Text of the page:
Forest Ranger Finds A Mysterious Cabin In California’s Arcata Community Forest With A Huge Surprise Inside
On 1st February 2018
If you spend enough time hiking or camping in the woods, you’ll realize that there’s not much going on. Sure, you can spot some pretty interesting wildlife scurrying around, but beyond that, it’s a pretty standard scene: trees, rocks, bugs, a wayward squirrel or two, and not much else. A strange, mysterious cabin has been found in Arcata Community Forest Park.
#1 Mark Andre
Mark Andre of Arcata, California, has devoted his career to exploring the woods in northern California. As the town’s environmental services director, it was his job to spend time out in the wilderness. He knew the area like the back of his hand, or so he thought.
Mark Andre stumbled upon something he’d never seen before. He’d been marking trees to be harvested in the Arcata Community Forest when he realized something just wasn’t quite right. When he stepped closer to investigate, his jaw dropped. He saw a cabin. And not the usual ramshackle, trash-strewn heap of debris, but a proper house, constructed, if not for the ages, for more than just a brief stay.
The cabin was situated in one of the most remote areas of the Arcata Forest. Mark hadn’t explored this area since about 1985, back when was still just a forest technician. Obviously, whoever built this wasn’t expecting to be discovered.
The well build cabin was 8 by 12 feet and 15 or so feet high, features a concrete block foundation, stout frame, peaked roof, small porch with wooden awning, multiple windows and walls of plywood covered on the outside with brown tarps, black plastic sheeting and lots of concealing forest duff.
Andre said,"I didn’t see it until I was 12 feet from it. It’s in the perfect out-of-the-way spot where it wouldn’t be detected."
#5 No footpaths
No trails lead to the small home, and the faintest of footpaths in the immediate area trail off to none of the environmental abuse normally associated with forest campsites – no trash piles, no discarded clothing, no open-air latrine strewn with toilet paper; nothing to show anything but scrupulous regard for the natural surroundings.
#6 Andre ask help
Mark decided to call forest technicians Javier Nogueira and Nick Manfredonia for help. Along with park ranger Heidi Groszmann, they trekked back to the site to explore the inside. When they finally cut the padlock and flung open the doors, they weren’t sure what or who they’d find inside.
#7 Entry in the cabin
The ranger entered the cabin with gun drawn, announcing "Arcata Police!" But no one was inside, and she began to inspect the quarters for clues to the user’s identity.
#8 Living room and Kitchen
The group was quick to note the tidily kept quarters. In the living room and kitchen area, housekeeping supplies and assorted cans of food sat on shelves built into the wall. In many ways, everything seemed ordinary.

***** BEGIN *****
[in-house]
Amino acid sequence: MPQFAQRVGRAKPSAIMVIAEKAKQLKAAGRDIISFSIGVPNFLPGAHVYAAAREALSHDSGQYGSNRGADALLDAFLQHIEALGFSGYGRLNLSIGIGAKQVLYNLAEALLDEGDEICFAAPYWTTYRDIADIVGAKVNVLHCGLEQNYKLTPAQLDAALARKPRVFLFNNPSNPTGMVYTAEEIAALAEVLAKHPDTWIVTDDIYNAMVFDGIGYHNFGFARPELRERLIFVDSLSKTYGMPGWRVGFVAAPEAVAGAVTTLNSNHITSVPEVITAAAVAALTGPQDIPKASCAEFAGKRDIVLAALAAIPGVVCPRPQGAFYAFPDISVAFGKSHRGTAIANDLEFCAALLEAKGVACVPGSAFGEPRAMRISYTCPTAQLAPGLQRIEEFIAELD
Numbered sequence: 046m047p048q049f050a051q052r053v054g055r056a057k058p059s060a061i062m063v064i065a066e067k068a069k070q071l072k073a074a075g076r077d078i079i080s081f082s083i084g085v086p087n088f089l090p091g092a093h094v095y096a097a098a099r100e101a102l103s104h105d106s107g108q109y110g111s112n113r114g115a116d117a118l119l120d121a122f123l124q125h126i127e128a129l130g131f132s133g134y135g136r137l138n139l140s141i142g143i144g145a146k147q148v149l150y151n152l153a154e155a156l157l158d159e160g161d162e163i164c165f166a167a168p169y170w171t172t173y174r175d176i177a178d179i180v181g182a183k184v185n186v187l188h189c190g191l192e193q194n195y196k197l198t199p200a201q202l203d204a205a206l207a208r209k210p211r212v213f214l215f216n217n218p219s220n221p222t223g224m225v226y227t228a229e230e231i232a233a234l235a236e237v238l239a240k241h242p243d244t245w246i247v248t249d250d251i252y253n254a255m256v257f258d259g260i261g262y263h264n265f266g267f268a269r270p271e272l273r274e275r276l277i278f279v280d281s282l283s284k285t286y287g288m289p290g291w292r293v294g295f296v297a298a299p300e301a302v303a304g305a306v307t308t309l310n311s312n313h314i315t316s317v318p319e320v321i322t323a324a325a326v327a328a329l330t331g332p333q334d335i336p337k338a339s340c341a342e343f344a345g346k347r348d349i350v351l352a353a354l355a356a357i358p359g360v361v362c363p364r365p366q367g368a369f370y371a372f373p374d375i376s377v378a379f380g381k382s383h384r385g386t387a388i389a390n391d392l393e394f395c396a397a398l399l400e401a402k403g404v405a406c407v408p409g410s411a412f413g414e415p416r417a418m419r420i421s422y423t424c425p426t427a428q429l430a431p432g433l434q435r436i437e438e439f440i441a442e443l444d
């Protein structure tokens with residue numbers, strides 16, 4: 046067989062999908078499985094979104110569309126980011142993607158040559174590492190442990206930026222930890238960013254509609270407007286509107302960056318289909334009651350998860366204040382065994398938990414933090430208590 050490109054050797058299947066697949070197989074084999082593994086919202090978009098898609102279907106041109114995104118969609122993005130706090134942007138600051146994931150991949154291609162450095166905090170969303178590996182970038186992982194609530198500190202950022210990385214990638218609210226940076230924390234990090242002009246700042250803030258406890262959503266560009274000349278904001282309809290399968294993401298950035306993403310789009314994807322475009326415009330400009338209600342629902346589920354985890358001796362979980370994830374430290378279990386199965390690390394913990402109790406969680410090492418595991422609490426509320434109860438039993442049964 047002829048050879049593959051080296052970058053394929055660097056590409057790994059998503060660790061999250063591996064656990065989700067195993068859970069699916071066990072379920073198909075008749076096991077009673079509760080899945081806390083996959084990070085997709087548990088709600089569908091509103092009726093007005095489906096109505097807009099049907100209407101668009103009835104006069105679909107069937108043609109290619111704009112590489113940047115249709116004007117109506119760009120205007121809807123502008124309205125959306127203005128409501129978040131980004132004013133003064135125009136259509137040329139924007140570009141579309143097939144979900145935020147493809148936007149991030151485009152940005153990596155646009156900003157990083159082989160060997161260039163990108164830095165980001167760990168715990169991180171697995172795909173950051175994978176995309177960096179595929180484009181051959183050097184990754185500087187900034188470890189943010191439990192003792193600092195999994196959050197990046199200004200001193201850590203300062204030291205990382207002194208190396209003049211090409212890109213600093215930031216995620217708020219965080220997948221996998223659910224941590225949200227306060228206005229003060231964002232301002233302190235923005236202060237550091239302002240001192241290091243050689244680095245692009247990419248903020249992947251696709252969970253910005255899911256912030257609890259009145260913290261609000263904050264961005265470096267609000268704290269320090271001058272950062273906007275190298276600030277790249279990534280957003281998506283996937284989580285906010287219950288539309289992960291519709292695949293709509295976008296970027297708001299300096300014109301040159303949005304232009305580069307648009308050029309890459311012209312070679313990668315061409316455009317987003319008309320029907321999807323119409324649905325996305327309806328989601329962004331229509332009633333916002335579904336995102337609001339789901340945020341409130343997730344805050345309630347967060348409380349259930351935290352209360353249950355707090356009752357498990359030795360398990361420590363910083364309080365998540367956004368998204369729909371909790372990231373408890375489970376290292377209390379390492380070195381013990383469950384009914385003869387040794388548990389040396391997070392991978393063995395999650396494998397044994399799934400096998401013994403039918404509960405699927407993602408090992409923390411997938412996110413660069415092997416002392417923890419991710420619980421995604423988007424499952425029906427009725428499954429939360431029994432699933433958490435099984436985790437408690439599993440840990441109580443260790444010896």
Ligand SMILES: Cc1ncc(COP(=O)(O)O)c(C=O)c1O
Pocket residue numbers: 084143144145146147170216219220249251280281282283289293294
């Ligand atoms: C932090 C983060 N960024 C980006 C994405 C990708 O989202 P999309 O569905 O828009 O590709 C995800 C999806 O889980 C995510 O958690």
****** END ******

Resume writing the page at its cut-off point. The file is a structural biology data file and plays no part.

#9 Coffee table
Beside a rocking chair, there was a coffee table with a tea kettle sitting on it. Directly across from the chair was a pot-bellied stove. Whoever had been living here wasn’t exactly struggling out in the wilderness.
In another corner of the cabin was a small bookshelf constructed on a wall. It was lined with various titles, including Catch Me If You Can and Medicinal Plants of the Pacific West. Soon, the rangers began to suspect it was an older person who’d been living there.
#11 Storage bins and Stack of tapes
Storage bins contain fabric, camping equipment and other long-term supplies. Thick curtains and small wooden panels made to fit window frames keep telltale light from escaping. Other items, like a stack of tapes, lent credence to the search party’s suspicions. Still, they continued to search for other clues that might help them determine just who it was that called this mysterious place home.
#12 Slip of paper
One slip of paper lists species of plants and trees found in the area, while another "Things To Do And Get" list includes tasks, some lined out, like "Build Bench" and "Big Spoon." A few entries bear dates, presumably when the item was accomplished, the oldest being "Get tongs 1/22/11."
Near the stove, the group also found a copy of nearby Humboldt State University’s The Lumberjack newspaper, dated March 25, 2015. Between the list and the paper, the team started to piece together a timeline for when the cabin’s owner might have lived there.
#14 Driver’s license
Little identifying information was found. A shipping label and a California driver’s license bore two different names, but they may have been random objects found in the woods by the resident. They could only assume the person was visiting seasonally.
Since camping on public property is illegal even if the person who’s doing it is respectful of the land—and the cabin existed on a nature refuge, the crew left an eviction notice for the inhabitant. From there, things really got strange.
#15 Cabin destroyed
When authorities returned to the cabin site at a later date, they found it had been totally deconstructed! The only trace of it was a charcoal "squatters symbol" where the cabin once sat.
Michael McDowall, the natural resources technician for the Environmental Services Department said,"That’s the cleanest camp cleanup I’ve ever seen. There wasn’t a nail, not even a gum wrapper left behind."
The area, last logged in 1984, is set for a harvest next month, so the structure will have to be removed. If the responsible individual can’t be located beforehand, their possessions will be packed out and stored for later retrieval.
Whoever built and lived in that cabin had some serious dedication. It makes you wonder if they’ll ever be found.